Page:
EGU22-3660
https://doi.org/10.5194/egusphere-egu22-3660
EGU General Assembly 2022
© Author(s) 2022. This work is distributed under
the Creative Commons Attribution 4.0 License.

Estimating the impact of seasonal extremal dependence with a Max-Stable process for modeling extreme precipitation events over Berlin-Brandenburg

Oscar E. Jurado and Henning W. Rust
Oscar E. Jurado and Henning W. Rust
  • Institute for Meteorology, Freie Universität Berlin, Berlin, Germany (jurado@zedat.fu-berlin.de)

Recent developments in Extreme Value Theory have led to the adoption of multivariate methods for modeling extreme rainfall in a way that the spatial dependence between the different measuring stations is used to "borrow“ information. A commonly used method, Brown-Resnick Max-Stable processes, extends the geostatistical concept of the variogram to suit block maxima, allowing to explicitly model the spatial extremal dependence shown by the data. This extremal dependence usually stems from physical processes that generate rainfall in such a way that several stations are affected simultaneously by the same extreme event, such as convective storms or frontal events. Depending on the region, this dependence can change in time, as different meteorological processes dominate the rainfall generation process for different seasons.

In this study, we analyze in the Berlin-Brandenburg region the change in extremal dependence for annual block maxima. We consider two different seasons – winter and summer – to investigate the effects of two different rainfall generating processes: frontal rainfall is more likely to occur in winter, while convection is dominating in summer. Furthermore, we investigate how this extremal dependence affects the accuracy of the estimation of return levels by using a Brown-Resnick Max-Stable process and comparing the estimated return levels to the results of a covariates model assuming spatial independence. We obtain the uncertainty of our estimates within a Bayesian modeling framework. The bivariate extremal coefficient shows a notable difference in the extremal dependence for summer and winter. Moreover, we observe a difference in the skill of the model when comparing the two seasons, suggesting that the difference in the extremal dependence has an impact on the marginal estimates from the model.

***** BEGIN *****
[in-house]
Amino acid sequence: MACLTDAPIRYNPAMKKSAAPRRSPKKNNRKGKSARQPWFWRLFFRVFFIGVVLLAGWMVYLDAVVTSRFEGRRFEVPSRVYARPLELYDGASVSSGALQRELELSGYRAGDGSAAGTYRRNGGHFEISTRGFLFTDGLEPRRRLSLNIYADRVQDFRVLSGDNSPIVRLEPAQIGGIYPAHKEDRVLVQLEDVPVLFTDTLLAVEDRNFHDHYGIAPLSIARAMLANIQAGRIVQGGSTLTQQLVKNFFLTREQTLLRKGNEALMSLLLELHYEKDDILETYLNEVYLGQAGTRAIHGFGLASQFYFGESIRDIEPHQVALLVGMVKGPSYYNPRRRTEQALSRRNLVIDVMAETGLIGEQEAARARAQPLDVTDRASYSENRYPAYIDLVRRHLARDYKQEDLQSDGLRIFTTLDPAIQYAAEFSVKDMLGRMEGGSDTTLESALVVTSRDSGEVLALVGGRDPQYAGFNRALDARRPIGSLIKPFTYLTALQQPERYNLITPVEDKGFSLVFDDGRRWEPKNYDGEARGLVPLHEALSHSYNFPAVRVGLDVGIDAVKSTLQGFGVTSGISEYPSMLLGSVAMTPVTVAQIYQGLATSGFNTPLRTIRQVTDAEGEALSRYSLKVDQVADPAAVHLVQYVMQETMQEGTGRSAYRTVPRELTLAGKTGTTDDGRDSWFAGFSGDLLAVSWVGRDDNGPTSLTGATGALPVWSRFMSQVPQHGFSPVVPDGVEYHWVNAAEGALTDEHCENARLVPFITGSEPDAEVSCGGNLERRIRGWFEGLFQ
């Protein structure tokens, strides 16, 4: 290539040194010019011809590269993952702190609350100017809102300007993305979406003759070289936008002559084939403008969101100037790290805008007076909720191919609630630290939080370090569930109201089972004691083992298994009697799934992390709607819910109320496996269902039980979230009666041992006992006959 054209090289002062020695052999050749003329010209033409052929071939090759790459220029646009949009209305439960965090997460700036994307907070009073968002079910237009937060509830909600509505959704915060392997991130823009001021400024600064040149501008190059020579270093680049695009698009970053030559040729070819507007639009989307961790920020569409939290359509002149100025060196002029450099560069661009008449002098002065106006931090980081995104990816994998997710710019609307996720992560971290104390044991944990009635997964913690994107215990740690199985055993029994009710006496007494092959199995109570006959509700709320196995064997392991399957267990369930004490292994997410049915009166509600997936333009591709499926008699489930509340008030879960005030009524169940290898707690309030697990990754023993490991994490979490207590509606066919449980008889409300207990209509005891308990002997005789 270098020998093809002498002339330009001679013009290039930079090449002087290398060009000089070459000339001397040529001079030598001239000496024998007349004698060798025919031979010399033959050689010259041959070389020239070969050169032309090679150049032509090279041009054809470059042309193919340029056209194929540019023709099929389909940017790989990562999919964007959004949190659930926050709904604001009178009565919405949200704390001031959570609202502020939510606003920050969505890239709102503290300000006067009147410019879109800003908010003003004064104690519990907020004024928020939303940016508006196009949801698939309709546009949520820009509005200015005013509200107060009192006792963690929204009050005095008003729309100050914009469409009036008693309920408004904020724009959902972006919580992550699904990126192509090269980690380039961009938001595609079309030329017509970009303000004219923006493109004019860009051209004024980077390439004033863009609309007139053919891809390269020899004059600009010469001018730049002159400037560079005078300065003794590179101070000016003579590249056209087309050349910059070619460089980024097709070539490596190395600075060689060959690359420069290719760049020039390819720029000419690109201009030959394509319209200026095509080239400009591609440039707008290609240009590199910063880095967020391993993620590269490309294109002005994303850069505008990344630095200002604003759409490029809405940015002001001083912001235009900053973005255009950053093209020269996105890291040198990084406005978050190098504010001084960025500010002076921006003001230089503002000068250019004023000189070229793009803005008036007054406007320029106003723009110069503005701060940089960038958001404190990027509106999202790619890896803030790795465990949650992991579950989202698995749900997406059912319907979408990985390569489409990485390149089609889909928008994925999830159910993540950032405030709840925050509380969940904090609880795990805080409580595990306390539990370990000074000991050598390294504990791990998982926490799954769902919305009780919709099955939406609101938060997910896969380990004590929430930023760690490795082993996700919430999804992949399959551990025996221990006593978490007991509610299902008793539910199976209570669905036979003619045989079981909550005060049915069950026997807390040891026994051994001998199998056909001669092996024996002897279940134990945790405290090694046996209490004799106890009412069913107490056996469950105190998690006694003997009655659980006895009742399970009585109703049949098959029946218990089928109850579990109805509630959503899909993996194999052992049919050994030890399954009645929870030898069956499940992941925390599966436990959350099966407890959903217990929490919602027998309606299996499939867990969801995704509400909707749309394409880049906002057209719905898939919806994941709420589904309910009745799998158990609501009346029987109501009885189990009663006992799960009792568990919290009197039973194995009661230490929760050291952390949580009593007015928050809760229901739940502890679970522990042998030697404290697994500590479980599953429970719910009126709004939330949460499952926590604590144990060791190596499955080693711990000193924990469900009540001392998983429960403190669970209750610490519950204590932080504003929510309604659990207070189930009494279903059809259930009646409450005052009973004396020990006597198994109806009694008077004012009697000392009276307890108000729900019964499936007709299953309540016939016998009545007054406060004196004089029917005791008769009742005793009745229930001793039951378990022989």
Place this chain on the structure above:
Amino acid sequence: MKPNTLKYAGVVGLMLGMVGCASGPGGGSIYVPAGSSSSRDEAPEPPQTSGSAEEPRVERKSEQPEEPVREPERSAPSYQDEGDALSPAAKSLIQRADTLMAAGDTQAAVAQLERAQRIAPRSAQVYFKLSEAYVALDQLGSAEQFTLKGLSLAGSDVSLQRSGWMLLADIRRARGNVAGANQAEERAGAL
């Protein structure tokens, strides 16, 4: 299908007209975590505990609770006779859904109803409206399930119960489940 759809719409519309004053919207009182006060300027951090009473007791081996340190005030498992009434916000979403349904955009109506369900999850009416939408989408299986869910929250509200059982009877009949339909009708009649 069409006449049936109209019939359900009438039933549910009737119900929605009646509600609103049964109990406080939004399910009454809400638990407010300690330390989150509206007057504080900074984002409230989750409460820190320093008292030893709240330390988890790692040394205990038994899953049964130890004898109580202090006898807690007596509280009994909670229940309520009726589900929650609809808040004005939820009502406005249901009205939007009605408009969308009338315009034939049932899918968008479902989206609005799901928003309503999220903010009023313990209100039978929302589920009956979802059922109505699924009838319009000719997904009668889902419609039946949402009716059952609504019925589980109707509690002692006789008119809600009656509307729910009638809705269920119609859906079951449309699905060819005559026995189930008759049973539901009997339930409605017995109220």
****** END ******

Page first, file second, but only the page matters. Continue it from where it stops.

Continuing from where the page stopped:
How to cite: Jurado, O. E. and Rust, H. W.: Estimating the impact of seasonal extremal dependence with a Max-Stable process for modeling extreme precipitation events over Berlin-Brandenburg, EGU General Assembly 2022, Vienna, Austria, 23–27 May 2022, EGU22-3660, https://doi.org/10.5194/egusphere-egu22-3660, 2022.

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